New Earth Records, 2002
Commit to celebrated Egyptian percussionist Hossam Ramzy as your aural tour guide and collaborator; visit Egypt with Shure KSM-32 microphones to capture authentic location ambience while also recording vocalists Nahid Katebi, Houda El Samobaty, Rehab Metawi and Magda Abdel Halim; return to the studio in the States and give your tape harvest the twice-over trance/techno treatment. As Waterbone, Jimmy Waldo (managed and toured with Kiss, Cheap Trick and Heart, wrote for and worked with Eddie Kramer, Todd Rundgren and Peter Frampton) and Dr. Kendall Jones (Berkeley-trained classical composer, classical and rock guitarist, soundtracks and commercials) transform what could have been merely another long-since exhausted concept into an unusually organic and satisfying entry in the emerging ethnic/world electronica genre.
What differentiates Orion Prophecy from other beat-driven but coldly repetitive synth fests is how seamlessly it interweaves live percussion, exotic vocals and regional instruments like the Ney, arghoul and kawal flutes, Middle-Eastern violin and the mizmar oboe into the expected groove construction of colossal bass throbs interspersed with the self-propelling circular patterns of Oriental rhythms. Reminiscent of Tulku while focusing its exotic samples exclusively on Egypt, Prophecy craftily avoids the relentless and sterile assault of pure techno. Instead, it emulates the premiere examples of remixers and studio wizards like Bally Sagoo and Karsh Kale who, in their own ways, rely as much on structural expertise as formally trained composers.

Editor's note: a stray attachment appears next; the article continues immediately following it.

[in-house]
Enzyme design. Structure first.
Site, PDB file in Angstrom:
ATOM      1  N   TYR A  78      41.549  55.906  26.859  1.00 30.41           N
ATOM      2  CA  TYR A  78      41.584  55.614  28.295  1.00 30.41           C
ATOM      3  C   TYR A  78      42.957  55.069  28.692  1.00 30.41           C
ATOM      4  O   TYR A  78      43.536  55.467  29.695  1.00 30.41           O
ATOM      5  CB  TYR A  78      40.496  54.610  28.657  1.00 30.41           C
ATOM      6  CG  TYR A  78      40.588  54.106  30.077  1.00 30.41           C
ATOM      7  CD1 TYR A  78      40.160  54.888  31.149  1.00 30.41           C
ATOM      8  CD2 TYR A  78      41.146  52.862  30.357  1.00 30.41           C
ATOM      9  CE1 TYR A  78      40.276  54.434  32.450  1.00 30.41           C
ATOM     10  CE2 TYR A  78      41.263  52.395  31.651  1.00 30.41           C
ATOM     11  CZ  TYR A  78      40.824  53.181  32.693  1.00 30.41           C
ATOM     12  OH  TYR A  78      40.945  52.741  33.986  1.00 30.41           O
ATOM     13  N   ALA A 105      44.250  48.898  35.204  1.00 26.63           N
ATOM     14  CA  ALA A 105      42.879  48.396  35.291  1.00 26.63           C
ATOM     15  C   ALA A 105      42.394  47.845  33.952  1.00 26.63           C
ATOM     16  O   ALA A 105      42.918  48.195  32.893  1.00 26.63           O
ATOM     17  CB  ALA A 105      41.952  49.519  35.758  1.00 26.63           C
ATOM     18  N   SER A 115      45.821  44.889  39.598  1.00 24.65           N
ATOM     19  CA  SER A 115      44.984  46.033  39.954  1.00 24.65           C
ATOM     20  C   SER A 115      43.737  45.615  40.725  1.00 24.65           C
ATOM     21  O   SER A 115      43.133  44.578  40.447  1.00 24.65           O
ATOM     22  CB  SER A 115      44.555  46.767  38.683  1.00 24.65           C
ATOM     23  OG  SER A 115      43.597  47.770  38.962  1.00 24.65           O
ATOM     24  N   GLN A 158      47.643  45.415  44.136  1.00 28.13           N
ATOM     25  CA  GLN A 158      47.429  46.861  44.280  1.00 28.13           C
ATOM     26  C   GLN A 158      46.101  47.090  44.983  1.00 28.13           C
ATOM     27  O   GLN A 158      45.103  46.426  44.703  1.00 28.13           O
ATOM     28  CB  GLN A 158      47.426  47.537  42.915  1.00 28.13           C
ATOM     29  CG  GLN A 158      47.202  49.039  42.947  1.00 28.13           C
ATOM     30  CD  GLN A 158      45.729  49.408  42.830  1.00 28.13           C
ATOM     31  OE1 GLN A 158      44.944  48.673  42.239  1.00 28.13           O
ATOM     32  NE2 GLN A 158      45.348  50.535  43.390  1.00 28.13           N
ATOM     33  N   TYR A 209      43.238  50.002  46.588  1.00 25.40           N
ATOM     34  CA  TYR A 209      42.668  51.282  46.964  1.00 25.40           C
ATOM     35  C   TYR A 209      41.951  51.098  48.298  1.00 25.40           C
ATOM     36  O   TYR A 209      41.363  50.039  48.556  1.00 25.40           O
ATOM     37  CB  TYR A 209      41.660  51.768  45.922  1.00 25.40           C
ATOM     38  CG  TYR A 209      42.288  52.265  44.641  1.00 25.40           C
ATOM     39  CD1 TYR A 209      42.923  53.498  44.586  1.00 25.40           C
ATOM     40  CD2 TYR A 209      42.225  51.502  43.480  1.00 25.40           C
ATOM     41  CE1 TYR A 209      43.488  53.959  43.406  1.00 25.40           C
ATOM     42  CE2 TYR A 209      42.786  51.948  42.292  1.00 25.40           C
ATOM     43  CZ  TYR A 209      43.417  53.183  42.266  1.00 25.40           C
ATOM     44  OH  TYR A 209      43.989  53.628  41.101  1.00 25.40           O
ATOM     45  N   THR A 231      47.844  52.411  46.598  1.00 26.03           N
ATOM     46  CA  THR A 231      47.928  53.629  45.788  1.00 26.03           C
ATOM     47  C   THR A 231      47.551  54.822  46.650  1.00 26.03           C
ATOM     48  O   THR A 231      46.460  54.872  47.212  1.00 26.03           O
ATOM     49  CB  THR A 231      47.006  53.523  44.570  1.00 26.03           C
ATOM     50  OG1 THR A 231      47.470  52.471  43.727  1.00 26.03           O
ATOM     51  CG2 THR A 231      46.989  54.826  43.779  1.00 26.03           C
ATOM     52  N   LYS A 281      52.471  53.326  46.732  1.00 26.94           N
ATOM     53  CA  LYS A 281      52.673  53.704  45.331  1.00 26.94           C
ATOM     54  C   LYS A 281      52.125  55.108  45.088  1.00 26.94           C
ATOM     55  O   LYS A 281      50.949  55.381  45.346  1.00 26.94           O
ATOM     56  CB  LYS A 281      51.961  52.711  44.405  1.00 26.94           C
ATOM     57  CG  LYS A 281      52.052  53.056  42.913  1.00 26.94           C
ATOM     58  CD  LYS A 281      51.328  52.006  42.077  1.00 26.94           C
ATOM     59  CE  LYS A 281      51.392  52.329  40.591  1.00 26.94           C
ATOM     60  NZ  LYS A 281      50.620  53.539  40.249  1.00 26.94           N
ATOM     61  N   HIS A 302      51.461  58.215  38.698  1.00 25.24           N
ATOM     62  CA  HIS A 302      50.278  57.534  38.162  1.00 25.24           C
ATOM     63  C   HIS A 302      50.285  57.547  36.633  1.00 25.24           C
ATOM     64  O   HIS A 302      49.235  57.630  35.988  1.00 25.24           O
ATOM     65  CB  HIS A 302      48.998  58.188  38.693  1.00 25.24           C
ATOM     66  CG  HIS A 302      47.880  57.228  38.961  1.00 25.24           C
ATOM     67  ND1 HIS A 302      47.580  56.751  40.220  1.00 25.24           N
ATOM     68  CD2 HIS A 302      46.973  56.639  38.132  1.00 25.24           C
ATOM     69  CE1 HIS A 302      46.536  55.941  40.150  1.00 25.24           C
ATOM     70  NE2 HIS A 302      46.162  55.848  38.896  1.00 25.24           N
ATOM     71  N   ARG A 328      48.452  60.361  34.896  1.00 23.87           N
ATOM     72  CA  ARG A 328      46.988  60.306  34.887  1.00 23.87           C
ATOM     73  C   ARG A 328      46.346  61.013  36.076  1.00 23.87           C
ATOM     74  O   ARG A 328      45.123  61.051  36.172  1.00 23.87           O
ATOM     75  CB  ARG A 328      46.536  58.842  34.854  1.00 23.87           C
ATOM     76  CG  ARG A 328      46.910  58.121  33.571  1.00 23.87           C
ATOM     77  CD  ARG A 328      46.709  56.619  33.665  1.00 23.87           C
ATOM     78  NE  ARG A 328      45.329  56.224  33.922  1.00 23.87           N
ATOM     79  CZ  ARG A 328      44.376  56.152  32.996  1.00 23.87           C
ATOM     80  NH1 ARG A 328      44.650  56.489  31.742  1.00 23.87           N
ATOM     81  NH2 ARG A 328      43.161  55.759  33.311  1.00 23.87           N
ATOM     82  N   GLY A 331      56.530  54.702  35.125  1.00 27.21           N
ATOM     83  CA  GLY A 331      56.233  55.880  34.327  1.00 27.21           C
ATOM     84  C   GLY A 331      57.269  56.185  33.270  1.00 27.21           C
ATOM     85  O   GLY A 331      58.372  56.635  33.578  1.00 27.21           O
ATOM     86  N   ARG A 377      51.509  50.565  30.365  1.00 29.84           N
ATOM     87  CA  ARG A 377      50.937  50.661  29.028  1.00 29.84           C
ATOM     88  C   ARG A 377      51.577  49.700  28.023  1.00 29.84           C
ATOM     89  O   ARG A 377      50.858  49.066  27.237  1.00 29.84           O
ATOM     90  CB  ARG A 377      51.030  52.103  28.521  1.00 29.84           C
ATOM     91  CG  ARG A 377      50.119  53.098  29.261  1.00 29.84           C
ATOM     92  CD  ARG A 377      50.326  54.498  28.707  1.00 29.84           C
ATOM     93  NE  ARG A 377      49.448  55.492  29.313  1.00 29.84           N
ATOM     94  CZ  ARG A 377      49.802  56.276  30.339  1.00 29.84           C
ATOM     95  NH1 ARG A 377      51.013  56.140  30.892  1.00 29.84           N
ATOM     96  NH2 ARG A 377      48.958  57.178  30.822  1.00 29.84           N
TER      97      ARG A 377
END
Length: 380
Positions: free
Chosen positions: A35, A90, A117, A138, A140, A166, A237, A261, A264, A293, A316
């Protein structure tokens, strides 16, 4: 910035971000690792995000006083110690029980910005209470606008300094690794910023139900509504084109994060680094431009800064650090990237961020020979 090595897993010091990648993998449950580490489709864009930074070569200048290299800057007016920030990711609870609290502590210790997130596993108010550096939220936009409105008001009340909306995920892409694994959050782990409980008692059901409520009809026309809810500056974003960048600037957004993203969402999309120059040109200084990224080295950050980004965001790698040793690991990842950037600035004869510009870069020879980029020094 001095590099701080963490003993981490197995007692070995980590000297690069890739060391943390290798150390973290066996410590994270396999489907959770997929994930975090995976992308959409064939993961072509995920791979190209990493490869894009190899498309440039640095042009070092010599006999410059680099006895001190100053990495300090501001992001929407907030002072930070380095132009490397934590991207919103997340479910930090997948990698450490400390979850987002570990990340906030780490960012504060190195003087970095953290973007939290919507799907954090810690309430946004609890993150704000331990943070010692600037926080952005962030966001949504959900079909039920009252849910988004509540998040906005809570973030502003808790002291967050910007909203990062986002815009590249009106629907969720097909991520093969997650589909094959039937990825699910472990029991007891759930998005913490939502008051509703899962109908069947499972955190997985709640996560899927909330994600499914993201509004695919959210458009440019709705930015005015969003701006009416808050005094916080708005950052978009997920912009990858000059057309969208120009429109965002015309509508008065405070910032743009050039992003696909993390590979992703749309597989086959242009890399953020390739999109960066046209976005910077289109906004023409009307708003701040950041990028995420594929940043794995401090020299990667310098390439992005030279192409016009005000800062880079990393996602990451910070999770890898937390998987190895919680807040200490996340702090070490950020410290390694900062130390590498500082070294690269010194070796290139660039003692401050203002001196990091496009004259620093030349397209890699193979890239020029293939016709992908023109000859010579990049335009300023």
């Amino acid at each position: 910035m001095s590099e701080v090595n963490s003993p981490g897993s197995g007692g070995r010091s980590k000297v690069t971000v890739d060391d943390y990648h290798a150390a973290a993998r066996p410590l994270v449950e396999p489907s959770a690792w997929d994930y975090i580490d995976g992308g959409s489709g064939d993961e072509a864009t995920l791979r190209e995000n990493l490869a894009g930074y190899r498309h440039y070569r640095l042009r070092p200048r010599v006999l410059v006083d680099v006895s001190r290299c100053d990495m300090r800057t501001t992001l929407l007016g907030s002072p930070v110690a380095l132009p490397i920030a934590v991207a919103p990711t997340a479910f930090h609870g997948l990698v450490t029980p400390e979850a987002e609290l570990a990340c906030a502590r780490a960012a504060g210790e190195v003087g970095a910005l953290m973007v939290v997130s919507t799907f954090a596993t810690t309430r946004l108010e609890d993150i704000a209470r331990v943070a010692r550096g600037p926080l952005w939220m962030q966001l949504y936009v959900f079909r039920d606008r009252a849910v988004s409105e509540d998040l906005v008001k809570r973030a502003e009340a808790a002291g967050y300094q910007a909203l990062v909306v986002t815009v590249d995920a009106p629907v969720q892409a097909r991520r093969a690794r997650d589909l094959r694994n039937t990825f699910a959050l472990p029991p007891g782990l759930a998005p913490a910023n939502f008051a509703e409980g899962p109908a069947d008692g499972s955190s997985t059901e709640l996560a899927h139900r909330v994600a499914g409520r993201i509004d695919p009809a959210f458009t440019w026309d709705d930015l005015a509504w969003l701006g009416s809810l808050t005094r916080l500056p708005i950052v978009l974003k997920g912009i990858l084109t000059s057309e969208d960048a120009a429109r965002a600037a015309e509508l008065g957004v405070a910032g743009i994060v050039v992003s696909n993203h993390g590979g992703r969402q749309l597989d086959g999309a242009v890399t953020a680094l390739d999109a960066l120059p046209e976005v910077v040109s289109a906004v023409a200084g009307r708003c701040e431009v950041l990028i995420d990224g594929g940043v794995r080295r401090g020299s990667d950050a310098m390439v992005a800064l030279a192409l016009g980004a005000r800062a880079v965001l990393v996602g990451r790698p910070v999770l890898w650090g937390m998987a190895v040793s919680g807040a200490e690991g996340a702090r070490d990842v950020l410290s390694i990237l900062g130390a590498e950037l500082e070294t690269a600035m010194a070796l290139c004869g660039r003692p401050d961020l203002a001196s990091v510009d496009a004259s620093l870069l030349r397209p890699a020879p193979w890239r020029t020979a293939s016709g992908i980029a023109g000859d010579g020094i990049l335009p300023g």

Having undergone the considerable effort to handpick live performers on location while absorbing the bazaar culture with its street musicians surely wove its way into the final product, as did the production duo's extensive prior experience in the music industry. This is similar to the controversial subject of collages in the visual arts. Anyone can take actual or virtual scissors to cut'n'paste other people's work. The superior vision and craftsmanship of true masters, however, turns the process and final product of assemblage into its own compelling art form. Waterbone's debut for New Earth Records falls squarely into this latter category and is likely a harbinger of exciting future releases for this adventurous duo who seem to be following in the footsteps of their French predecessors of the original two Deep Forest efforts.